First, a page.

This applies to every individual card and to all your balances/limits combined.

And that 30 percent really is a magic number. Go below that and you’ll help your score only a tiny bit. Go above it and you could soon cause real damage.

Obviously, the closer you get to maxing out your plastic, the worse things will get.

Credit utilization accounts for 30 percent of your credit score

Credit utilization accounts for a whopping 30 percent of your total credit score, according to FICO. Even if you can’t or don’t want to pay down all your balances using a personal loan, getting them all below 30 percent of your credit limits would be a smart move.

Related: 820 credit score: How much cheaper are loans with great credit?

Make a plan if you will use a personal loan

The benefits of debt consolidation are obvious and real. So why do so many financial gurus warn against it?

Perhaps the main reason is that consolidating means borrowing yet more. That’s fine if you’re highly self-disciplined. But it can be a problem for those who aren’t.

They can find themselves in even more trouble a year after consolidating. They’ve run up their card balances again while they’re still paying down the personal loan they used for consolidation. They owe more than they did in the first place.

How to avoid making things worse

The only way to avoid this is to stop borrowing. It can harm your credit score to close existing accounts. But take your credit cards out of your wallet and carry around only your debit card. If you are worried about getting tempted, you could cut them up and order replacements only when your debt consolidation loan is paid off. Or you could lock them away at home or at a family member’s place.

But if you’re serious about getting your spending under control you should also set up a household budget — and stick to it. Spending more than you make never works out in the end.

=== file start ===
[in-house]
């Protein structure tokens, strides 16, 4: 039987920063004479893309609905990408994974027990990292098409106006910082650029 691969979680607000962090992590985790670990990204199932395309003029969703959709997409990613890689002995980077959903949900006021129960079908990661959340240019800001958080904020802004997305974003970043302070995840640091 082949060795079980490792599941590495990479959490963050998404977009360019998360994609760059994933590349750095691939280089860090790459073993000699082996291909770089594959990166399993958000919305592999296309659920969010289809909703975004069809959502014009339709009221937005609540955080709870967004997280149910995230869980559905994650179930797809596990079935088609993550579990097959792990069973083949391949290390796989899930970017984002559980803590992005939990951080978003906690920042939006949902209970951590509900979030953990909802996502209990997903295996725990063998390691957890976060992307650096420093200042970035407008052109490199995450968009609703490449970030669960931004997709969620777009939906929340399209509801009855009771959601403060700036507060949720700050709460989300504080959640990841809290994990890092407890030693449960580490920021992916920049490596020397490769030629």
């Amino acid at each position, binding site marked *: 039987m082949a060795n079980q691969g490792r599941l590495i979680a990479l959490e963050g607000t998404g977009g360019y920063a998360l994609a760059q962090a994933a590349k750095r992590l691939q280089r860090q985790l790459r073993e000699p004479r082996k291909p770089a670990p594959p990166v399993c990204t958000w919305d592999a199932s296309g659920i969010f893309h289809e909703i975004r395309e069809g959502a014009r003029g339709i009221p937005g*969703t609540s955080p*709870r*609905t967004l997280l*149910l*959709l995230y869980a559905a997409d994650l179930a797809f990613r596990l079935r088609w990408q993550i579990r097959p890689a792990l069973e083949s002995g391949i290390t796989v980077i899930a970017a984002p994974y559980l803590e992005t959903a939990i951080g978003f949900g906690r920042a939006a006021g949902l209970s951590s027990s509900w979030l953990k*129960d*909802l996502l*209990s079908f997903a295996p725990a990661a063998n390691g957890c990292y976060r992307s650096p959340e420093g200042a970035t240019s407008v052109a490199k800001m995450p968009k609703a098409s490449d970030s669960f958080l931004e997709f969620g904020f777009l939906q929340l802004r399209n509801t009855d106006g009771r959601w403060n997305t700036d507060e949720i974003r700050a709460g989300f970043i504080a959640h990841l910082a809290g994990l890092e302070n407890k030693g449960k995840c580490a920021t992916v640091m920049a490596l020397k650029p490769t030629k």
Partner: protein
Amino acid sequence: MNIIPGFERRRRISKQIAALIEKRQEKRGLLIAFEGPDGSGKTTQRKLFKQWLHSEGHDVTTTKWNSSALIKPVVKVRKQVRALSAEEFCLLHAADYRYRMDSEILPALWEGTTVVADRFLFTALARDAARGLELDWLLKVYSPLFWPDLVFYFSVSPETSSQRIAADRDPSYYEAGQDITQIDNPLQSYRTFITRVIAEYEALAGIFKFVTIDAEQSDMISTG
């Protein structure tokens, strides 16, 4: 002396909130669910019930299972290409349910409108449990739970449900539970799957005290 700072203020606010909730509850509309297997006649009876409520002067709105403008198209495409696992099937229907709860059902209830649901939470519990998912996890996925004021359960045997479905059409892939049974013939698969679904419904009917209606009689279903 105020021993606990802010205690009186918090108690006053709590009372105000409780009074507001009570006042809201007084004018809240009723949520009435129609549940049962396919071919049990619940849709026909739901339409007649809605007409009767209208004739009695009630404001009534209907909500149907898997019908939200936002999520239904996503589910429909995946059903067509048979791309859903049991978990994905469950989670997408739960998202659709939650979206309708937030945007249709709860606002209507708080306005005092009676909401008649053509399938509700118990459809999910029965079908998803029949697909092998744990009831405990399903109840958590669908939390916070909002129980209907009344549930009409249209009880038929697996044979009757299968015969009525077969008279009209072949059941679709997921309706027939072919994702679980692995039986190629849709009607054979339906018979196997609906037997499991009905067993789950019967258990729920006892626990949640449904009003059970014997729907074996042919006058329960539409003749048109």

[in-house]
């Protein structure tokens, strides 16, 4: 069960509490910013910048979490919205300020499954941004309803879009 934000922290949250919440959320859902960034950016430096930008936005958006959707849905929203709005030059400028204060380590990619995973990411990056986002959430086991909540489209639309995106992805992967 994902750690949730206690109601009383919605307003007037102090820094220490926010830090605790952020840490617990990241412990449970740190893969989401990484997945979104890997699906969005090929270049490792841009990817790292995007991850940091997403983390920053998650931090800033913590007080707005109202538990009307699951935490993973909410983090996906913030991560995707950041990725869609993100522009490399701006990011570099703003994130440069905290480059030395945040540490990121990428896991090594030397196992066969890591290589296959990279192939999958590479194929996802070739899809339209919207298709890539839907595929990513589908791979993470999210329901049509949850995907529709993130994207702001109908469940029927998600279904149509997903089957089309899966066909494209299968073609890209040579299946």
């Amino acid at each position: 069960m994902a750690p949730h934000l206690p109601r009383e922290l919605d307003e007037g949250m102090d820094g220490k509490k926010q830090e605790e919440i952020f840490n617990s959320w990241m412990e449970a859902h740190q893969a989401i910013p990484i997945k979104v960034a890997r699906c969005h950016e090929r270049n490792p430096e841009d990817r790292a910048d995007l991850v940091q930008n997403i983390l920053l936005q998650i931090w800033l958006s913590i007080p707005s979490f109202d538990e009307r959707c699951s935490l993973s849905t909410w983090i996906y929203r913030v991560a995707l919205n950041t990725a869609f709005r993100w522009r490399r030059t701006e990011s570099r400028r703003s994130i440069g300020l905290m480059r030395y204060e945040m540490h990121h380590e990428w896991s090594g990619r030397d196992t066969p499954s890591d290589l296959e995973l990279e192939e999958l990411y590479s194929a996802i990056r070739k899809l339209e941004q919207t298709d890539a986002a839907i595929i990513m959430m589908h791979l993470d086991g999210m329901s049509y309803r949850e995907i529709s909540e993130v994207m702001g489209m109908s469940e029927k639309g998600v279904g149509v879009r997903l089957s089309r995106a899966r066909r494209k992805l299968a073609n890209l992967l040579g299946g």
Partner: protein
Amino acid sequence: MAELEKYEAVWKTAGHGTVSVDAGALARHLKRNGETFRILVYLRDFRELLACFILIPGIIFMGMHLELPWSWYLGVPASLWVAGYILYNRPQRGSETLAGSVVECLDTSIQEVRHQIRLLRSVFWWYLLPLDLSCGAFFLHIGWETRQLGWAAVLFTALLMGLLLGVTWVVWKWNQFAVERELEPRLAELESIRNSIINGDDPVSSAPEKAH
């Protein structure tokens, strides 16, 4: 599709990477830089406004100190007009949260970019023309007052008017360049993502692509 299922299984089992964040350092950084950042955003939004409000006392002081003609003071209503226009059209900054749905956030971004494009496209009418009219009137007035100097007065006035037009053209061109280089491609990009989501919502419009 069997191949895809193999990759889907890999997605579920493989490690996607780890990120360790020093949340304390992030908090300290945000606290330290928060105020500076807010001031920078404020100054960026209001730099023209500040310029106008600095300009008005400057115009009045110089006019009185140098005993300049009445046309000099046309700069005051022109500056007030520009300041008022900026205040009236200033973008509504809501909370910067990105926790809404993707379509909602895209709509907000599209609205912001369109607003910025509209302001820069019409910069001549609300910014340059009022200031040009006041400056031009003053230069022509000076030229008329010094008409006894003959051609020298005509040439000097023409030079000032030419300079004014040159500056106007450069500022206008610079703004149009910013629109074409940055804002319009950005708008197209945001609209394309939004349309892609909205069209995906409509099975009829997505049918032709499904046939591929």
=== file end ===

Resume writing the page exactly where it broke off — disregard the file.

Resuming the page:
Related: How to set and stick to a budget

To repeat, you’re not alone if you’ve let your spending run away from you. USA Today reported in March 2019 that the average American owes $6,354 on bank-issued credit cards. But nearly half are able to “zero out” their balances each month. And, presumably, that means those who don’t “zero out” must on average owe roughly double that — and often way more.

So don’t get mad that your finances are a mess — start cleaning them up, potentially with a personal loan.

Personal loans for non-credit-card debt consolidation

Of course, credit cards aren’t the only thing you can pay off with a personal loan.

Other types of high-interest debt are candidates, too. For instance, maybe you have medical bills or collections you’d like to say “good-bye” to once and for all. Or your auto loan rate is too high, but you can’t refinance it. You could wrap these and other types of debt into one loan to ease the financial and mental burden.

See the most common uses for personal loans in our article Top 12 reasons to use a personal loan.

Get a personal loan eligibility assessment

Personal loans are easier to get than mortgages. But there are still qualification standards.

Start your application for a personal loan online now and see what you qualify for quickly and easily.

*TheMortgageReports and/or our partners are currently unable to service the following states - MA, NV

Peter Warden
Authored By: Peter Warden
The Mortgage Reports Editor
Peter Warden has been writing for a decade about mortgages, personal finance, credit cards, and insurance. His work has appeared across a wide range of media. He lives in a small town with his partner of 25 years.